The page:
Western Australia’s Community Service Organisations have banded together to launch the #YourHelpWA campaign to send a clear message to the McGowan Government that more funding is urgently needed to help vulnerable and at-risk people.
More than 450 non-for-profit community-based organisations which provide care, support and services to Western Australians are part of the #YourHelpWA campaign.
The YourHelpWA.com.au website and social media channels have been launched to activate all Western Australians to join the campaign by posting their videos of support with #YourHelpWA, sign the petition and send letters to their local members of parliament demanding more funding to help make WA a better community.
Community Employers WA, Executive Director, John Bouffler says the community services sector is in crisis – demand for social services in WA is outstripping the available resources.
“More than half a million people in Western Australia need support, care and services for a vast range of reasons including domestic violence, mental health, hunger, community health care, homelessness and addiction – that’s enough people to fill eight Perth Stadiums.
“We are demanding the State Government commit to increase funding to the community service sector by 20 per cent which will help adequately fund high-quality services in our community and positively impact people who need it most,” Mr Bouffler said.
Representatives from the Community Services Sector have held meetings with senior bureaucrats in the Departments of Treasury and Finance, and with Premier Mark McGowan and he gave no clear acknowledgement of the scale of the issues faced.
The Western Australian Council of Social Service, Chief Executive Officer, Louise Giolitto says that the Community Service Sector and the State Government have reached an impasse which is underpinned by a lack of understanding the investment required for people who are in need in our state and for the community providers working on the frontline.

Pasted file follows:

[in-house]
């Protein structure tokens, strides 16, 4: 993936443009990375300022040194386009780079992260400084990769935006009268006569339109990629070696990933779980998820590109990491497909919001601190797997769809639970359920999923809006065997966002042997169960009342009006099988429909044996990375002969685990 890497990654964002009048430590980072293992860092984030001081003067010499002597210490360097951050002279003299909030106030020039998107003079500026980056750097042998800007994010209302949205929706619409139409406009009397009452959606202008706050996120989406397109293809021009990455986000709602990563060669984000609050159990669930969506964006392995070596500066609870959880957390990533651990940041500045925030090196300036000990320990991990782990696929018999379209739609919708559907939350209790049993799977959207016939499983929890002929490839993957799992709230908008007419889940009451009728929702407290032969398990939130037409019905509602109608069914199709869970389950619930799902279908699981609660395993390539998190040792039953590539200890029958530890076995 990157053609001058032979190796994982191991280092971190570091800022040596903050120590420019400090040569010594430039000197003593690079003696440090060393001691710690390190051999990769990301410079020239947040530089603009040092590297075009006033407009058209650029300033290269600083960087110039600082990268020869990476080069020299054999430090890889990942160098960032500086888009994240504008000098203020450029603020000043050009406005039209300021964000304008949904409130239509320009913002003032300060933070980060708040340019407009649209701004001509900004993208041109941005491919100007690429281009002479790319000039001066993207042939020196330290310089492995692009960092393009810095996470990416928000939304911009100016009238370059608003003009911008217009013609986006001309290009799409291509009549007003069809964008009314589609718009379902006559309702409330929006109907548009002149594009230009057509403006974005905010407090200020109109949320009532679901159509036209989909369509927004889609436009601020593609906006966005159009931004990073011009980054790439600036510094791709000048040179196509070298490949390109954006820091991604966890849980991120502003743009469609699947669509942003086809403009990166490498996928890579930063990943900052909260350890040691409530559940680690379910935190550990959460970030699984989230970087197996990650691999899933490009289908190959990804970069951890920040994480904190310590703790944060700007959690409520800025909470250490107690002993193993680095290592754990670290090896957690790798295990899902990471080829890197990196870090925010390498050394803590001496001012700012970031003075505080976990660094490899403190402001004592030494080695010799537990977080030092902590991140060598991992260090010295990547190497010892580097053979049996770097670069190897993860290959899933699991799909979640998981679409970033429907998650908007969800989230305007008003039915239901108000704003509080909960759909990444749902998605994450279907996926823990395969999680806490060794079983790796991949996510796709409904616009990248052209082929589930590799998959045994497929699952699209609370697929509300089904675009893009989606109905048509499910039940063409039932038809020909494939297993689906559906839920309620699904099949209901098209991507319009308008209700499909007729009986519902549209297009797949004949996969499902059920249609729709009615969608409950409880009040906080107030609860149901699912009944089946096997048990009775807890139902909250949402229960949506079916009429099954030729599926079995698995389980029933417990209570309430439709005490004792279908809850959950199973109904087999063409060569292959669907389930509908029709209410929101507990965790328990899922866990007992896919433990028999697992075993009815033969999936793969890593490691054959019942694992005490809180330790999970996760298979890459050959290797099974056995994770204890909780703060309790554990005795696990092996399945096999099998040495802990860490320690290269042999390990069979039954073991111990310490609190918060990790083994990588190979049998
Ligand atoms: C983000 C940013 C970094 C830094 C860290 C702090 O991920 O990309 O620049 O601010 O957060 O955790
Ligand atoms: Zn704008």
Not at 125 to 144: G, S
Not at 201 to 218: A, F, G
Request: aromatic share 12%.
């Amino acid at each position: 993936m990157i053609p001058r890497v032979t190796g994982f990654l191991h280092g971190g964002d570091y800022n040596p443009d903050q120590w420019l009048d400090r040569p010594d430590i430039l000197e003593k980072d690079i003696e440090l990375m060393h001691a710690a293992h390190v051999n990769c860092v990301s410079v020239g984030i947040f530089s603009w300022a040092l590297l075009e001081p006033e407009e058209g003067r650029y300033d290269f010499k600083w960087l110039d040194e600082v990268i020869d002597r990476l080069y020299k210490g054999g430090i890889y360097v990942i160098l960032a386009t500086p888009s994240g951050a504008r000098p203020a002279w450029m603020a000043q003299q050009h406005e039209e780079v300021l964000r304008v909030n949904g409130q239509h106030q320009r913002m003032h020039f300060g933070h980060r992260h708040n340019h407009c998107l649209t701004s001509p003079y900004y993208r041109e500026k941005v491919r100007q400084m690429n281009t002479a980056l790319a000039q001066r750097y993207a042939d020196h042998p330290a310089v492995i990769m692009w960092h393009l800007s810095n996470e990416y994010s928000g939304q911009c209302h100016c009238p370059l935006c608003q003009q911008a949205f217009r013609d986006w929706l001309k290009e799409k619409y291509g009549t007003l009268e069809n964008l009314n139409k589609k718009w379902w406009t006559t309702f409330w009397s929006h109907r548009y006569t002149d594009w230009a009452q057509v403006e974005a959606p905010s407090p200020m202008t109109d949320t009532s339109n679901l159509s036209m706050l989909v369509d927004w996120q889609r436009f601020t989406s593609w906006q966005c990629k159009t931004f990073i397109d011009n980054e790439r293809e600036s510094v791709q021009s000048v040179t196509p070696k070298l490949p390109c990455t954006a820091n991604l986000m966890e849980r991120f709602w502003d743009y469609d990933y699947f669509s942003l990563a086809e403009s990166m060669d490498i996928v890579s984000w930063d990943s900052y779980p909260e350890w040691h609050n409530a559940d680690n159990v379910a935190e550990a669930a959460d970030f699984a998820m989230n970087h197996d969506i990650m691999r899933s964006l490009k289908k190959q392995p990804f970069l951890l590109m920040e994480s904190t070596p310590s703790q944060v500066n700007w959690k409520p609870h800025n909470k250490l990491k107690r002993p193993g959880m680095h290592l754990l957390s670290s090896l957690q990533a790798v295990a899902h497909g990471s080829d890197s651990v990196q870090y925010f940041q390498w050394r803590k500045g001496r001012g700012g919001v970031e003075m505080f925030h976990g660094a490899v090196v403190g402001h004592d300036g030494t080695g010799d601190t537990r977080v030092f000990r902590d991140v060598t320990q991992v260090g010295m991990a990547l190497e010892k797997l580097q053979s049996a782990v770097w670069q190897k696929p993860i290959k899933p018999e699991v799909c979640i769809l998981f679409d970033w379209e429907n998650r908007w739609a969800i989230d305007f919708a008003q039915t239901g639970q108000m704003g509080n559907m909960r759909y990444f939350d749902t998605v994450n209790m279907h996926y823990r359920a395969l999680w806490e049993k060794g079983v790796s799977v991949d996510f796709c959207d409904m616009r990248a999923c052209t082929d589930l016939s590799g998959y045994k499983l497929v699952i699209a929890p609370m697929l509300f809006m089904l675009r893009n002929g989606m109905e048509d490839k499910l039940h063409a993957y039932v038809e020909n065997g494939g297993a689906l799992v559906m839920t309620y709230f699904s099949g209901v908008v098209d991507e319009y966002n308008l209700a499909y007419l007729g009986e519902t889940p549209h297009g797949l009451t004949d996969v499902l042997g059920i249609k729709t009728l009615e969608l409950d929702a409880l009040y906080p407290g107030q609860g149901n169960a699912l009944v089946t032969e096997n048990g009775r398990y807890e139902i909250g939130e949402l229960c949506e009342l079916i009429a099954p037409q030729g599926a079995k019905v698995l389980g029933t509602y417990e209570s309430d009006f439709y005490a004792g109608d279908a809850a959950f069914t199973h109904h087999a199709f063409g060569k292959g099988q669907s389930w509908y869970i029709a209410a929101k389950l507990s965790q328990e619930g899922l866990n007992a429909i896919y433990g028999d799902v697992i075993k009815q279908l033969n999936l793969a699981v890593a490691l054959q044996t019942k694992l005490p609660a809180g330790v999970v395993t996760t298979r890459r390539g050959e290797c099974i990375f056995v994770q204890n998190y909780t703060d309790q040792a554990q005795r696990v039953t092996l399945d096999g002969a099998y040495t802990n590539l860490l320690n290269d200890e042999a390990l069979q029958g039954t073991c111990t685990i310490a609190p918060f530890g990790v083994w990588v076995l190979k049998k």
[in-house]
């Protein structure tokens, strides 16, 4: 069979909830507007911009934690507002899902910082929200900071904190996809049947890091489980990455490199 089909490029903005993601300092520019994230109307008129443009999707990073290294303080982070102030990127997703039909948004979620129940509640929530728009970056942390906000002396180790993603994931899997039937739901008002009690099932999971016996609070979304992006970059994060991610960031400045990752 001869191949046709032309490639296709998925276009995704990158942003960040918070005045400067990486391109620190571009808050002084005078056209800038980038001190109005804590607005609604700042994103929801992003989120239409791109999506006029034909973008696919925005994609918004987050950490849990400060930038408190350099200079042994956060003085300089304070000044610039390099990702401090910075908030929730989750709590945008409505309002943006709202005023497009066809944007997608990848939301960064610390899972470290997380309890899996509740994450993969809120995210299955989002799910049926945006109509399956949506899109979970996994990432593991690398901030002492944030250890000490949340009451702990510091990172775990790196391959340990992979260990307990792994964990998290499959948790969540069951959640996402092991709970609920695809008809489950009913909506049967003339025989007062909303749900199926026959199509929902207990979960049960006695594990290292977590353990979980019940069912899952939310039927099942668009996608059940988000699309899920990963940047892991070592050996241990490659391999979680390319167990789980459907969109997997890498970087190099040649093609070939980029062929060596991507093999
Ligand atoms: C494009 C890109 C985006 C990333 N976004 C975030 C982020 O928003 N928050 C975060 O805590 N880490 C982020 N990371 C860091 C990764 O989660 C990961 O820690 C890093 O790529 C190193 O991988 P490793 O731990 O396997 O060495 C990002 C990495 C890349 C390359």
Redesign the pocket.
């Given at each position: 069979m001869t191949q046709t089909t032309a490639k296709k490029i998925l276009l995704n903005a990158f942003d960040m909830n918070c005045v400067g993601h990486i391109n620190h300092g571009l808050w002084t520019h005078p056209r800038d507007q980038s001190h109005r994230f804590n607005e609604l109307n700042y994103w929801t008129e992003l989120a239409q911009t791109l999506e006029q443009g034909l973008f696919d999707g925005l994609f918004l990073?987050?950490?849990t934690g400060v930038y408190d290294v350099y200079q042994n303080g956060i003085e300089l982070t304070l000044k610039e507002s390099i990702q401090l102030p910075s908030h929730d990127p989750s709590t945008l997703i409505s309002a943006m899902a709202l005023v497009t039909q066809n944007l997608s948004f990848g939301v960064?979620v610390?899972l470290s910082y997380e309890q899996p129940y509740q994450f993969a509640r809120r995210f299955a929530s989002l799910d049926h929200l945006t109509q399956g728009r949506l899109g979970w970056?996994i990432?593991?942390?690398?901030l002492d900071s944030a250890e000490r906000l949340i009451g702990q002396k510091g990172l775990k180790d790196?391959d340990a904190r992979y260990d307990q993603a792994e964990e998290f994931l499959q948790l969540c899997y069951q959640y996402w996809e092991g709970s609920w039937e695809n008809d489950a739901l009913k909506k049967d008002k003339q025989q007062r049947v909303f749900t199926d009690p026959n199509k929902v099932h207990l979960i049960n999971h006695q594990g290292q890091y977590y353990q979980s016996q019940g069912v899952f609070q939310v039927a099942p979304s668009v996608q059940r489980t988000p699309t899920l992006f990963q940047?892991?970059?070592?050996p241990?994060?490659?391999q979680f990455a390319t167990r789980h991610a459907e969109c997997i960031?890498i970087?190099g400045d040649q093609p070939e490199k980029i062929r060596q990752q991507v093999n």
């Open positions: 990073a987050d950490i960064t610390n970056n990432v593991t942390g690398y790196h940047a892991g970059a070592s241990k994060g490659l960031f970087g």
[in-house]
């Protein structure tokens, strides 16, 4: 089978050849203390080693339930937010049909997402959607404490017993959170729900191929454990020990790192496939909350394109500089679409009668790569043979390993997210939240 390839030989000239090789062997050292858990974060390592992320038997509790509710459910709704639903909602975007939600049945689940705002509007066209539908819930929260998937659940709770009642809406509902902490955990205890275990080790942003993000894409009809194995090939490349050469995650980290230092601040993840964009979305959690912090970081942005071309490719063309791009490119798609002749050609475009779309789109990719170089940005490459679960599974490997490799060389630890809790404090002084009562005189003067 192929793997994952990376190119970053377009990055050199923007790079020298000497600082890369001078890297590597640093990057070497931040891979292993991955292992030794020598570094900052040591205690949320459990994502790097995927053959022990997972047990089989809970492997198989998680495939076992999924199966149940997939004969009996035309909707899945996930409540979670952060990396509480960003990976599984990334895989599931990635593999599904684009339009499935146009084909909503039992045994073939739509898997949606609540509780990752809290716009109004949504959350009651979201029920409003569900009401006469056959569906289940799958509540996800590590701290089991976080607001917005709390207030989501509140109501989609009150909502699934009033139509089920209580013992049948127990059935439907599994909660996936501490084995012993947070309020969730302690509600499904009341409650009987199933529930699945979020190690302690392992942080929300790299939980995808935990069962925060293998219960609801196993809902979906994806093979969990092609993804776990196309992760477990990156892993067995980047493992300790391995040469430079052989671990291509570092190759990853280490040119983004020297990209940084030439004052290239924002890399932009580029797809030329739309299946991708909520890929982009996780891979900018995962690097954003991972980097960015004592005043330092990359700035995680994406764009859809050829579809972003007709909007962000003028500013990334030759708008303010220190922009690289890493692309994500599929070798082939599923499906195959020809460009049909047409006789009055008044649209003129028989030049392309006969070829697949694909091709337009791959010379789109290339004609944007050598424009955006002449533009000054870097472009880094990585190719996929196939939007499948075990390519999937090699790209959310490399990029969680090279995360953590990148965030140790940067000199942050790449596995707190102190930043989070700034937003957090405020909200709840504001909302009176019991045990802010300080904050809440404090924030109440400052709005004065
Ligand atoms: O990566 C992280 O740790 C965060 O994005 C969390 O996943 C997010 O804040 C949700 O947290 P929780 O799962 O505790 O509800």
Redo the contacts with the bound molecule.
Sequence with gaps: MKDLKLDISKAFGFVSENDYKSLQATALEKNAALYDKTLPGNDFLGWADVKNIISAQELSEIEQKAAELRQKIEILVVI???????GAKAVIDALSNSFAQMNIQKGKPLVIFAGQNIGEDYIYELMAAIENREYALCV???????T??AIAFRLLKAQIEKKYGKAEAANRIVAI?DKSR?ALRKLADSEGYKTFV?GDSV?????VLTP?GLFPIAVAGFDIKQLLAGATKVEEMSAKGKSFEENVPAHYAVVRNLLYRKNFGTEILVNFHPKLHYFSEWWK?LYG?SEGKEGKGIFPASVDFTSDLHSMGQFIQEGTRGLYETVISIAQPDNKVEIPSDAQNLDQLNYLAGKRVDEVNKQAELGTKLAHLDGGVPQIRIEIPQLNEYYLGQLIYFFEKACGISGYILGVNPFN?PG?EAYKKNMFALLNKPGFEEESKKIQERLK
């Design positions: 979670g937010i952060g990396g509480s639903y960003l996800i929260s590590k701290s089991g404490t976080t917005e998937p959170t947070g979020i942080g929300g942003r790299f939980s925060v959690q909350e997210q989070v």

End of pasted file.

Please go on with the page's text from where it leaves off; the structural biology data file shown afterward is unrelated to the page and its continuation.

“We need the State Government to put people first and adequately fund the organisations that have skills, local knowledge and empathy so we provide high-quality care and services that will help change people’s lives for the better.
“The McGowan Government needs to take a leaf out of the New Zealand Prime Minister Jacinda Ardern’s budget and deliver a financial blueprint that measures its success on the well-being of all Western Australians,” Ms Giolitto said.
In the 2018 financial year, the State Government received more than $5 billion in royalties from the mining and resources industry, and the Department of Treasury is forecasting that amount will exceed $6 billion in 2019/20.
“While State Government revenue is increasing, endemic social issues in Western Australia are placing a huge burden on the community services organisations to fill the widening gap that has been created by inadequate public funding,” Mr Bouffler said.
The Your Help WA campaign reminds all Western Australians that the money the State Government collects in taxes, fees and royalties is your money and you have every right to tell parliament that more of it needs to be spent on helping the growing number of people in need in our community.
Ms Giolitto says that poverty, hunger, homelessness and domestic violence are symptoms of social problems in our community, and West Aussies can easily help by supporting the Your Help WA campaign.
“Our Community Services Sector is there to support people often through very difficult times when people are at their most vulnerable. They need to have the funding to support our communities when they need them,” Ms Giolitto said.
For more information about the campaign visit YourHelpWA.com.au and follow, like and share content on the @YourHelpWA Facebook page, Twitter and Instagram accounts.
HOMELESSNESS – More than 9,000 Western Australians, including 3000 children and young people, don’t have a place to call home.
DOMESTIC VIOLENCE – In Western Australia, almost 300,000 people have experienced physical or sexual violence by a current or former partner. Family and domestic violence affect one in every four women in Australia.
FAMILIES – 240,000 Western Australians are living below the poverty line and many of them are children.
CHILDREN – Each week more than 20 000 WA children go to school hungry because they didn’t have breakfast.
LIVING COST – 19,740 households had their power cut off in the last year because they could not afford to pay the bill.
EMPLOYMENT – WA’s community services organisations employ more than 96,000 full and part-time staff, that’s 7.0 per cent of the State’s workforce. WA’s youth (15 – 24 years) unemployment rate of 14.5% is the highest in 20 years, according to the Department of Training and Workforce Development.
DISABILITY – One in five Western Australians have some form of disability.
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